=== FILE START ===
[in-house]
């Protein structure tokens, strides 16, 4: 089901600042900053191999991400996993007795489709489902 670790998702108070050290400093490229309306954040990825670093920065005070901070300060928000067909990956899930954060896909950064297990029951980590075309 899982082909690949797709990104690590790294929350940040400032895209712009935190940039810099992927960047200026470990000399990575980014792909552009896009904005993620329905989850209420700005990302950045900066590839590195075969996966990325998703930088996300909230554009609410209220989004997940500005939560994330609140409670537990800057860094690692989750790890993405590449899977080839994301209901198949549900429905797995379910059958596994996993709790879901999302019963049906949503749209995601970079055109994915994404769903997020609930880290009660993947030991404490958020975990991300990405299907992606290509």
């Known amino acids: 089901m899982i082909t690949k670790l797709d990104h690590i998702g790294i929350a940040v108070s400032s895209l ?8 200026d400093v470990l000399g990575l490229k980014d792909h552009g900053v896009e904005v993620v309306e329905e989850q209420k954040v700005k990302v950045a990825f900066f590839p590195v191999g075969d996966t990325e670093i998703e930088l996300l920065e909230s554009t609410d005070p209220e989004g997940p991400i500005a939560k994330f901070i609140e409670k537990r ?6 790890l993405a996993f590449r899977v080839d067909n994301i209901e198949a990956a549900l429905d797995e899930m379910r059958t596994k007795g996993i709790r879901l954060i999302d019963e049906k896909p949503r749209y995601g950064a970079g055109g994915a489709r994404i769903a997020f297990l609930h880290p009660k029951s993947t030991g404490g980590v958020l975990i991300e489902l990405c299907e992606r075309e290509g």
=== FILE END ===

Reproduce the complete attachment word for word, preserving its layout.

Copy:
[in-house]
């Protein structure tokens, strides 16, 4: 089901600042900053191999991400996993007795489709489902 670790998702108070050290400093490229309306954040990825670093920065005070901070300060928000067909990956899930954060896909950064297990029951980590075309 899982082909690949797709990104690590790294929350940040400032895209712009935190940039810099992927960047200026470990000399990575980014792909552009896009904005993620329905989850209420700005990302950045900066590839590195075969996966990325998703930088996300909230554009609410209220989004997940500005939560994330609140409670537990800057860094690692989750790890993405590449899977080839994301209901198949549900429905797995379910059958596994996993709790879901999302019963049906949503749209995601970079055109994915994404769903997020609930880290009660993947030991404490958020975990991300990405299907992606290509």
């Known amino acids: 089901m899982i082909t690949k670790l797709d990104h690590i998702g790294i929350a940040v108070s400032s895209l ?8 200026d400093v470990l000399g990575l490229k980014d792909h552009g900053v896009e904005v993620v309306e329905e989850q209420k954040v700005k990302v950045a990825f900066f590839p590195v191999g075969d996966t990325e670093i998703e930088l996300l920065e909230s554009t609410d005070p209220e989004g997940p991400i500005a939560k994330f901070i609140e409670k537990r ?6 790890l993405a996993f590449r899977v080839d067909n994301i209901e198949a990956a549900l429905d797995e899930m379910r059958t596994k007795g996993i709790r879901l954060i999302d019963e049906k896909p949503r749209y995601g950064a970079g055109g994915a489709r994404i769903a997020f297990l609930h880290p009660k029951s993947t030991g404490g980590v958020l975990i991300e489902l990405c299907e992606r075309e290509g």